Digital isn't one size fits all. But maintaining ERP as legacy is not the right long-term solution. Whether it's in the cloud or on-premise, ERP should be simplified/modernized to enable easy access to ERP data and easy construction of apps leveraging that data.

That plays into SAP/s S/4HANA hands - but not so fast. SAP has a long way to go creating the open APIs and cloud platforms that will truly support that digital ERP plug-and-play. Some progress has been made and much more promised, with SAP spending an uncharacteristic amount of time at Sapphire Now/ASUG talking about integration, migration, and APIs, as well as progress made on the HANA Cloud Platform (HCP). Those challenges must be overcome.

SAP also needs plenty of avenues for quick digital wins, such as SAP Digital Customer Insight. SAP built that promising app/service, but I ran into smaller partners with cool/disruptive ideas that are encountering way too many go-to-market barriers with their HCP-based apps. Another serious issue for SAP to address. I took this directly to SAP leadership and will report back when/if I hear a response.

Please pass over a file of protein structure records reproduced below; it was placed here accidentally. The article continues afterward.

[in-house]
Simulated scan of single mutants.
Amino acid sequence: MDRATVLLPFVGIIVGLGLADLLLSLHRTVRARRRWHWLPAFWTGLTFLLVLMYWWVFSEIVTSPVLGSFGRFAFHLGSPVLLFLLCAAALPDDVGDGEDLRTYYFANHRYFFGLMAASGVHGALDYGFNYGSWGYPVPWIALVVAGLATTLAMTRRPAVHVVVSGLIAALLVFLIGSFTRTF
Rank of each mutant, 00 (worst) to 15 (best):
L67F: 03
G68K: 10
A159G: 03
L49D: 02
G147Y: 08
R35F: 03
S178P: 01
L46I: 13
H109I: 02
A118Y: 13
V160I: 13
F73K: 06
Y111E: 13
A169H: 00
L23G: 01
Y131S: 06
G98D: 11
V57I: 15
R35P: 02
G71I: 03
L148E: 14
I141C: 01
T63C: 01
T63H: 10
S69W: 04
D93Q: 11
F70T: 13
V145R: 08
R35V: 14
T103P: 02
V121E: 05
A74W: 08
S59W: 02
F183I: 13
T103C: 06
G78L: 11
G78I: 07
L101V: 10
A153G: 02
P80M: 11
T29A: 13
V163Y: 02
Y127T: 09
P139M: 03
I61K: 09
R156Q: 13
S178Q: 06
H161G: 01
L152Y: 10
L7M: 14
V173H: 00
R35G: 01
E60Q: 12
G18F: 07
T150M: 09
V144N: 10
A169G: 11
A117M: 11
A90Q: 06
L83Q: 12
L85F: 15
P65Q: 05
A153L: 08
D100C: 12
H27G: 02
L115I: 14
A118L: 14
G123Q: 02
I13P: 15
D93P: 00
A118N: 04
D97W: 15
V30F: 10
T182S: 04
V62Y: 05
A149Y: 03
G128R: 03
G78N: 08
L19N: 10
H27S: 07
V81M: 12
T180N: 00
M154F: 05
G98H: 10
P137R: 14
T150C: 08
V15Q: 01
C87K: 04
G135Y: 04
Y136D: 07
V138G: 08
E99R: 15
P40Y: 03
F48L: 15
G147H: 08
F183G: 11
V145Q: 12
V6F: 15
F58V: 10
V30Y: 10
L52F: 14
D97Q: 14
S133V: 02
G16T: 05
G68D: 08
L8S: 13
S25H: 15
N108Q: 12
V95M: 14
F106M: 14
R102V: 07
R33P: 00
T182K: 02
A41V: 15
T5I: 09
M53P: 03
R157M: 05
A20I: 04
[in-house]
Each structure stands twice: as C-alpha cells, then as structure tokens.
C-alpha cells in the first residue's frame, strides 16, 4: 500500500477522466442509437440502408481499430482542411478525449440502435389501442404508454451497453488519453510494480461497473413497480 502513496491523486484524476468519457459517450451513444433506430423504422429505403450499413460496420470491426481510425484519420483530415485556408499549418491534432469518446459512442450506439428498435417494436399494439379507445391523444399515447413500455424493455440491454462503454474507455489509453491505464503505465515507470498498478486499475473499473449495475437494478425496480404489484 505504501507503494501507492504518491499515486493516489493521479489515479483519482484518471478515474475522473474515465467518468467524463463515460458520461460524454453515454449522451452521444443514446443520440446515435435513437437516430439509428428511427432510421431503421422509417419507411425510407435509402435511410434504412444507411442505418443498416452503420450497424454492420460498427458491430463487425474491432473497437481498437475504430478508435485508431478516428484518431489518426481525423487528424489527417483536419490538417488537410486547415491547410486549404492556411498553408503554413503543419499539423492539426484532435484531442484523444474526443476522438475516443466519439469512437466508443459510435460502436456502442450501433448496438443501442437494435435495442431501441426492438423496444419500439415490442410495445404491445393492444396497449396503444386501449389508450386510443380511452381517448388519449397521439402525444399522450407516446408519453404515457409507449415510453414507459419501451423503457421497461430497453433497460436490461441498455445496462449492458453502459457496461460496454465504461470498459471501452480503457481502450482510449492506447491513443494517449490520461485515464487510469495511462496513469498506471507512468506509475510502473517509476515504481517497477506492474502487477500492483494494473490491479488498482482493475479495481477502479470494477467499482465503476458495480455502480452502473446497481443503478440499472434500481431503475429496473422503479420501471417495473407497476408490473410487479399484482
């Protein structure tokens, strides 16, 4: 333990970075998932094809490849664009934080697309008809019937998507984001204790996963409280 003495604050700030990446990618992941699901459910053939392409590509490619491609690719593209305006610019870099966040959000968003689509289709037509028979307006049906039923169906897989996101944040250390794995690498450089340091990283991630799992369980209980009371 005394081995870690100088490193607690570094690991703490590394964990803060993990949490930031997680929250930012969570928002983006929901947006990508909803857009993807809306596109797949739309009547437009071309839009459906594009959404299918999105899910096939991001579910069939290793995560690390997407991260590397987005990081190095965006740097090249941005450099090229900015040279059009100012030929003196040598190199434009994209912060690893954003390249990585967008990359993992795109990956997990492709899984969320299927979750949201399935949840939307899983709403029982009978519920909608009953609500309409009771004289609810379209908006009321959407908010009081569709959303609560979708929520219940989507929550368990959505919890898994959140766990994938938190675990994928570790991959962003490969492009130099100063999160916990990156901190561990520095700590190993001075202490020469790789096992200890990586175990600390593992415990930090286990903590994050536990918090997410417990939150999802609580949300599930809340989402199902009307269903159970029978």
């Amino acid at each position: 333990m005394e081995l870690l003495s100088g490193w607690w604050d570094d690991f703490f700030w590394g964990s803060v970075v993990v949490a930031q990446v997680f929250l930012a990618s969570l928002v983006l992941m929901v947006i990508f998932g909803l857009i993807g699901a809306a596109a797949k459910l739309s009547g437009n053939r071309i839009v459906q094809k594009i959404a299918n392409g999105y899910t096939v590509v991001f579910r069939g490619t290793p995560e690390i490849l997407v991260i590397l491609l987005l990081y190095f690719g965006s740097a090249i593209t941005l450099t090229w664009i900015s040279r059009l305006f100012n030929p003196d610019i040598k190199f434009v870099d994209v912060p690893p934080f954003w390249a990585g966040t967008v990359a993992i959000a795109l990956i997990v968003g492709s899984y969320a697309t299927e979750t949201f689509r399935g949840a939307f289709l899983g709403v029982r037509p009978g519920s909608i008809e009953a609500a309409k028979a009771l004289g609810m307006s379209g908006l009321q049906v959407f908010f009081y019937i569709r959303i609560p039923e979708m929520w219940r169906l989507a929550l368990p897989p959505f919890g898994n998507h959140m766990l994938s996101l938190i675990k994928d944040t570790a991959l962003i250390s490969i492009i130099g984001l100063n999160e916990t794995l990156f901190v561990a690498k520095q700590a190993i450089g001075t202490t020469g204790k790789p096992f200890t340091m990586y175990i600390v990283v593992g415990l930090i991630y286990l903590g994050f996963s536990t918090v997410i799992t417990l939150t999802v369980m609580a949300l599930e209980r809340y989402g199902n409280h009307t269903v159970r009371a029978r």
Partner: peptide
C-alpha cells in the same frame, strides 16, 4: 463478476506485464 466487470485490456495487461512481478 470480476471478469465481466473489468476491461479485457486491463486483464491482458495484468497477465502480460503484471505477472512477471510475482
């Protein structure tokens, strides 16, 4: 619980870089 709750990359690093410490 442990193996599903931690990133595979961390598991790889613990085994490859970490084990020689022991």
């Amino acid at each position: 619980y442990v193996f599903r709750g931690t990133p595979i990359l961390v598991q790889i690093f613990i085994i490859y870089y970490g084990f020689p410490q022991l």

I know from prior content from ASUG and DSAG that both organizations feel similarly, especially about the need for business cases and S/4HANA roadmaps. Just because S/4HANA resonates with many SAP customers as a viable digital approach for doesn't mean customers are ready to make the move. As Den Howlett recently pointed out, education and available of skilled S/4HANA resources looms as the next pothole - or chasm.